As with any potentially volatile mixture, the collective act of creating a 'sound' for a band is pure chemistry and good fortune.  With The Thunderchickens this yearning to dig deeper into the soul of un-mined territory manifested itself in a desire within Mel to start playing the violin.

"I always wanted to play violin, but gave myself a good year before buying one because I have a tendency to pick up different instruments that collect dust," she laughs.  "I wanted to make sure I'd actually play it, so I immediately started taking lessons from Bill Fiebig, who's been amazing to learn from."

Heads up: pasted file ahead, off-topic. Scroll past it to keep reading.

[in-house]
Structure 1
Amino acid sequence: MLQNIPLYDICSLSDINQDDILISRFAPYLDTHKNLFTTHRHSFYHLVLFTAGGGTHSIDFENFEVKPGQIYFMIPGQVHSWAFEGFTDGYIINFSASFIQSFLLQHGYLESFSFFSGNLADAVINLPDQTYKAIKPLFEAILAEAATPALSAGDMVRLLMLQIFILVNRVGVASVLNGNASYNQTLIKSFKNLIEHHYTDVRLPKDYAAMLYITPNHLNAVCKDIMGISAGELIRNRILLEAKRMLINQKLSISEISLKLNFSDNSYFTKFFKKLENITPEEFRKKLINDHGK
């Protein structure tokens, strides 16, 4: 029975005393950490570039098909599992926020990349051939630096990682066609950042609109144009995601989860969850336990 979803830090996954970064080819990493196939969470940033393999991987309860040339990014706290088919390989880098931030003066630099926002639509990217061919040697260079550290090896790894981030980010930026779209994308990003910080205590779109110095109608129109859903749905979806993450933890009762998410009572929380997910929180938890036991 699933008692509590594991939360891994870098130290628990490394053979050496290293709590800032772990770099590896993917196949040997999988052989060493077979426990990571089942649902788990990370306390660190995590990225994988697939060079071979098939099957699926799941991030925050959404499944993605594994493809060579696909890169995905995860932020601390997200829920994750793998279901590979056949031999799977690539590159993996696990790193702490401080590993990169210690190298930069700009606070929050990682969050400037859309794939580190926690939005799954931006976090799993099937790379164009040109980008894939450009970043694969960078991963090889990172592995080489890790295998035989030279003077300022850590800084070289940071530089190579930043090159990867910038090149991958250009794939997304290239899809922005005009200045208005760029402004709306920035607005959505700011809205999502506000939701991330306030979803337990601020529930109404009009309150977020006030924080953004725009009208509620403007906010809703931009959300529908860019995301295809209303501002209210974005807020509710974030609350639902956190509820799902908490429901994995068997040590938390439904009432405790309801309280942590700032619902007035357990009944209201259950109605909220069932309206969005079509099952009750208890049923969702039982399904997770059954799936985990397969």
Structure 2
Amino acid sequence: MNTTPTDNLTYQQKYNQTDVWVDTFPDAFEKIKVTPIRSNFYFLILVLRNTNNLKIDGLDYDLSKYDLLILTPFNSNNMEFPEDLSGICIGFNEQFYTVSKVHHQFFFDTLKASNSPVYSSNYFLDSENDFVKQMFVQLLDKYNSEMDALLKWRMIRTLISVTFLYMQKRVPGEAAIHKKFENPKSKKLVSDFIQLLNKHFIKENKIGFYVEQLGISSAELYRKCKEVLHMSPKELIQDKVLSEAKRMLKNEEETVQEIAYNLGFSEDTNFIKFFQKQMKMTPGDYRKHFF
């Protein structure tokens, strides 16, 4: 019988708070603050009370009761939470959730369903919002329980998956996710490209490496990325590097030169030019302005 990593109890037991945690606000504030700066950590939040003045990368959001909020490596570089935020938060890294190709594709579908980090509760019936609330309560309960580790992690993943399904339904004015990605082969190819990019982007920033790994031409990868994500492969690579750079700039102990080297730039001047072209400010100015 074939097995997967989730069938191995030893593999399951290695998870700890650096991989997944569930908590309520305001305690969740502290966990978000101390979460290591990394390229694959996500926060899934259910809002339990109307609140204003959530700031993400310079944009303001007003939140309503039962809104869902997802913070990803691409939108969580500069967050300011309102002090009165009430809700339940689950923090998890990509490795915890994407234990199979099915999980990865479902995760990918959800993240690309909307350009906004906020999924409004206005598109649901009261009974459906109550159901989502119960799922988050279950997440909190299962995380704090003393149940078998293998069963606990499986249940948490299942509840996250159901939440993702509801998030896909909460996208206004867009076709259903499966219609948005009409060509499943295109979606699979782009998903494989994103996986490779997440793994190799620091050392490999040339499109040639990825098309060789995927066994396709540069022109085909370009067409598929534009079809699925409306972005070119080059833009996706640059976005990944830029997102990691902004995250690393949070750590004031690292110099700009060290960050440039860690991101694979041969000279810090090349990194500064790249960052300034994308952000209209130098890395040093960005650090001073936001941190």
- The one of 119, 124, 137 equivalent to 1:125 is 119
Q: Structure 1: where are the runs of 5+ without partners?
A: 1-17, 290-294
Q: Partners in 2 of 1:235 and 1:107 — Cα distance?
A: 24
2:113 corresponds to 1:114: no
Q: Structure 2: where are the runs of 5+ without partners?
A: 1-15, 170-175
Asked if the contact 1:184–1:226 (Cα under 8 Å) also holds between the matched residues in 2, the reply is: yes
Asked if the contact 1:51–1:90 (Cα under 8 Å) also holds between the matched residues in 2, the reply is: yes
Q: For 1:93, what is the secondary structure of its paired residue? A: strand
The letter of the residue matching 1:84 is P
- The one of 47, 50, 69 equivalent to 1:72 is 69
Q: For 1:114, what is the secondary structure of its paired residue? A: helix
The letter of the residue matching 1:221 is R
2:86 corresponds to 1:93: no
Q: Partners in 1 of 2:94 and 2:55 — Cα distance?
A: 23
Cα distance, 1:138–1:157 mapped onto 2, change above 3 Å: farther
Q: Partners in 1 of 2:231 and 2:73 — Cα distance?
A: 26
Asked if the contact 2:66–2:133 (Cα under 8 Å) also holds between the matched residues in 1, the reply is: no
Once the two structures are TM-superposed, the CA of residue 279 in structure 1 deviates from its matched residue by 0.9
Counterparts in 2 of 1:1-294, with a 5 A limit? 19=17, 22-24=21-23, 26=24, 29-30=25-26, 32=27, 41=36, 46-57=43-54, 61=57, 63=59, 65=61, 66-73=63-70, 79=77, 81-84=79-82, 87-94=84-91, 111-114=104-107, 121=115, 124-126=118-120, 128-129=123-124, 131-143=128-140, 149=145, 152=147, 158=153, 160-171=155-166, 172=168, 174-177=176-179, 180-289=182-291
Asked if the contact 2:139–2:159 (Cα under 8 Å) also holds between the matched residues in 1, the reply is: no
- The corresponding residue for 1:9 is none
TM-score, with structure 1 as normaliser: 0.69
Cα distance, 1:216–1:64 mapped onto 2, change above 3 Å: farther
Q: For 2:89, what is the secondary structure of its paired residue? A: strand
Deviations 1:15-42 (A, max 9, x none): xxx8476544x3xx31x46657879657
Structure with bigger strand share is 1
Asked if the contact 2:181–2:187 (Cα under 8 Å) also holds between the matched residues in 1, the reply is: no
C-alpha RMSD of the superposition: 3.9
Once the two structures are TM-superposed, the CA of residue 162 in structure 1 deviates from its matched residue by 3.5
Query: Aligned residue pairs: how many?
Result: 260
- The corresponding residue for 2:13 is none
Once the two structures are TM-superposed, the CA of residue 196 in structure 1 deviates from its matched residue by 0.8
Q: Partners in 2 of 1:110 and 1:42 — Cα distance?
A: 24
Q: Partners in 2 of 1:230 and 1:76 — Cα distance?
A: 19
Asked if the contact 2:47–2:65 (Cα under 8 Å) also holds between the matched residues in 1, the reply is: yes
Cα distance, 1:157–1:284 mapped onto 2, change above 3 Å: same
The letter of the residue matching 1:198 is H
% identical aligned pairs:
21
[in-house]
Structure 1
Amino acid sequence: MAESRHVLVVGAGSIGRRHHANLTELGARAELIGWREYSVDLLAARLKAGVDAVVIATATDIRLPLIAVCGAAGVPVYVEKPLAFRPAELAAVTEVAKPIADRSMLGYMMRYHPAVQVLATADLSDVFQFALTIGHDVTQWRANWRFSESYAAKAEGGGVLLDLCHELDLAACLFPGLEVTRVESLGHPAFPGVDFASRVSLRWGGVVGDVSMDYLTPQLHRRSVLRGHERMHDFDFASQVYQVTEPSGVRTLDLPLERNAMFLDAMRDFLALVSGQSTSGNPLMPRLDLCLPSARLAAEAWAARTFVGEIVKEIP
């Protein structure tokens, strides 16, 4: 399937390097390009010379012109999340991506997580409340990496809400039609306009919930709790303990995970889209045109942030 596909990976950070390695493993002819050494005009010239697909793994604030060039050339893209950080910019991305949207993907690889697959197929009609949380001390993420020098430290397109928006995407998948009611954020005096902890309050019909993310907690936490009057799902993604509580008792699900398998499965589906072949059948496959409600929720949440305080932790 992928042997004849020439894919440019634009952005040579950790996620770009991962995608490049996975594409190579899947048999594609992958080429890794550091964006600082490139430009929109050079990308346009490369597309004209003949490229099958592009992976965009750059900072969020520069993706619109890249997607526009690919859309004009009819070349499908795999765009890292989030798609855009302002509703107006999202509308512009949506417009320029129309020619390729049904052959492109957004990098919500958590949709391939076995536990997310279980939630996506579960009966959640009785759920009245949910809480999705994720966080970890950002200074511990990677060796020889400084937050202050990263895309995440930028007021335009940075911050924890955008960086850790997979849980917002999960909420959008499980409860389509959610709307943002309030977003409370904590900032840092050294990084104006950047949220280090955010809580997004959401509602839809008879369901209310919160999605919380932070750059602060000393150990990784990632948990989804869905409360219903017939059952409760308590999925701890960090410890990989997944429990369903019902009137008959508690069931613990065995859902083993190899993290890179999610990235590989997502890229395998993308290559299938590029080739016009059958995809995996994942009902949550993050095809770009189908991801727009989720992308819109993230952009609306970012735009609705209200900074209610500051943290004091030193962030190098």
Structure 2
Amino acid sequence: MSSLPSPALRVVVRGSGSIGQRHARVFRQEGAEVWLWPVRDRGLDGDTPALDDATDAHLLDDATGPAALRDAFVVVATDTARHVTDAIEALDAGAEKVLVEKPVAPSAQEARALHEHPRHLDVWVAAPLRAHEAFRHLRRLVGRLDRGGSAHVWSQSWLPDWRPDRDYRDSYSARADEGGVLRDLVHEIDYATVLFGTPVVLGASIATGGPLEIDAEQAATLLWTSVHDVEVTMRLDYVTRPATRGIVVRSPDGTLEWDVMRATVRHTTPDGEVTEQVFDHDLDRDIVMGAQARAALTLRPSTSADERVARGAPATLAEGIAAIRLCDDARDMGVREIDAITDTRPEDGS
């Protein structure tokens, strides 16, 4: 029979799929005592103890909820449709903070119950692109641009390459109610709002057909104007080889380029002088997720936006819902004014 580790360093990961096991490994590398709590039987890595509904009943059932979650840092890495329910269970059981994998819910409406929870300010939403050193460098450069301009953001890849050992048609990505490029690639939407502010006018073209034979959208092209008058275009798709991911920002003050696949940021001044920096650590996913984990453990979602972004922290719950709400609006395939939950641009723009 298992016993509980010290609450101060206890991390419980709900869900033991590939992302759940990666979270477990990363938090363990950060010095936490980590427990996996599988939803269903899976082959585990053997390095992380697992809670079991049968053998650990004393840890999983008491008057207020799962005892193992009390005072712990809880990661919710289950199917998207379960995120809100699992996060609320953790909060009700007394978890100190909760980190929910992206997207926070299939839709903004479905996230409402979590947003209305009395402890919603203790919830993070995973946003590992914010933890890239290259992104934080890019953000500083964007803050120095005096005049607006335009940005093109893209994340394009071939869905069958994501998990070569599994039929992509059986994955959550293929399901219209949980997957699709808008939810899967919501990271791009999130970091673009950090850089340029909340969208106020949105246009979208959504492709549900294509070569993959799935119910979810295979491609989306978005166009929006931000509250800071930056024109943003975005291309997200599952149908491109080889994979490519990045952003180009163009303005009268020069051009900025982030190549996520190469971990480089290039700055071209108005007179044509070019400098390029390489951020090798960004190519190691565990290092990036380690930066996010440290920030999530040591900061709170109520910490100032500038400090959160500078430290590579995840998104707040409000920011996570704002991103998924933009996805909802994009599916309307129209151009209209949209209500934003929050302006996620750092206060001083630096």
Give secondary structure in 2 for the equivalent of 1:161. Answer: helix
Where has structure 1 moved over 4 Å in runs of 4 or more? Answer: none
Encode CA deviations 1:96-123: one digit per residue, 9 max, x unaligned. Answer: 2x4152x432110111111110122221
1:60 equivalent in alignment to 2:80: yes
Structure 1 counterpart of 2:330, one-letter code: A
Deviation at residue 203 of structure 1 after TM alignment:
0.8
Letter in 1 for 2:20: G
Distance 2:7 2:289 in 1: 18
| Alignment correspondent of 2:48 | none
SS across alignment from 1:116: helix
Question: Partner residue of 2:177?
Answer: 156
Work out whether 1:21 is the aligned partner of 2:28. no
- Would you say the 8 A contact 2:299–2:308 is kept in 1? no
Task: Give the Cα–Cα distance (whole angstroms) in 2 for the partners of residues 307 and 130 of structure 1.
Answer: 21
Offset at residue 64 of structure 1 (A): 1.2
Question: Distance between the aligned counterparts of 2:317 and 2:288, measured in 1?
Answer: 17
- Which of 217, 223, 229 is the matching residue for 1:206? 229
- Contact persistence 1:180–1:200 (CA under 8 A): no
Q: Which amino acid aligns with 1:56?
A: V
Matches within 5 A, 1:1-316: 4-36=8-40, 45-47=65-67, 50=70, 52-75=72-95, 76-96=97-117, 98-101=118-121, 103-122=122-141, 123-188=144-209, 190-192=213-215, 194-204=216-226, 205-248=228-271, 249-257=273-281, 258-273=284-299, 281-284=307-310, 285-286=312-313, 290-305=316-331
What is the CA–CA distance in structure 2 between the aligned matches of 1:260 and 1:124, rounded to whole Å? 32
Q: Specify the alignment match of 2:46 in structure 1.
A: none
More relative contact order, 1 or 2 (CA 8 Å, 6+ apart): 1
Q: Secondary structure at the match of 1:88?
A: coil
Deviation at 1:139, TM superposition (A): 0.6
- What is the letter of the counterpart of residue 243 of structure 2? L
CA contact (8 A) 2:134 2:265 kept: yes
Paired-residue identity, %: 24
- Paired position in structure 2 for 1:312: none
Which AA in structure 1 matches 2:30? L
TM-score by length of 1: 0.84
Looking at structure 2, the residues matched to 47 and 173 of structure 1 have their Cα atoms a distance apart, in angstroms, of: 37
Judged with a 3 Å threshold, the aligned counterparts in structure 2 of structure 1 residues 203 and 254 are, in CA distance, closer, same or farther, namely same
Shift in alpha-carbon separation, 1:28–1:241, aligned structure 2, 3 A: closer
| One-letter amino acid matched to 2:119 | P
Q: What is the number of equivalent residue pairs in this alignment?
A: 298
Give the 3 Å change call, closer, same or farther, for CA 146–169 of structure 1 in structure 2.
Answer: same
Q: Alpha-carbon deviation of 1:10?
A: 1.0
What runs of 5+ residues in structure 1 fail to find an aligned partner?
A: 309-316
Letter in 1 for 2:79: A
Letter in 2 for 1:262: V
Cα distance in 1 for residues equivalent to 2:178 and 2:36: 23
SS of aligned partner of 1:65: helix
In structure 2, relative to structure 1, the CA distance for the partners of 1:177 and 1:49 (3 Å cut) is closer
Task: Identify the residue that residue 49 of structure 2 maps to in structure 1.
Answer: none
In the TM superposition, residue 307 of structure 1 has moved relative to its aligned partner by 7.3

Watching Mel's fingers move over the fret board of her newfound instrument is akin to watching a robin methodically & intently thread bits of nature into a nest, each striation forming something new and more substantial than the last. "I don't know what it is, but the sound of the violin is haunting," continues Mel. "There's something about it that allows me to express myself in a profound way, apart from my singing."
"I'm glad we came together at the right time," reflects Matt upon this topic of musical chemistry. "It's all serendipity." And indeed, a significance all fellow members express is a nod to Matt on the impact  he's carried into the mix of the band.

"I always wanted to play with Kramer," states Josh. "Whenever we had a drummer issue with The Banana Convention he's the first person I'd call. Matt is a tasteful drummer and has such strong meter. You don't find a lot of that out there."

Armed with mutual focus & respect, what about this latest incarnation makes the music sound so fresh?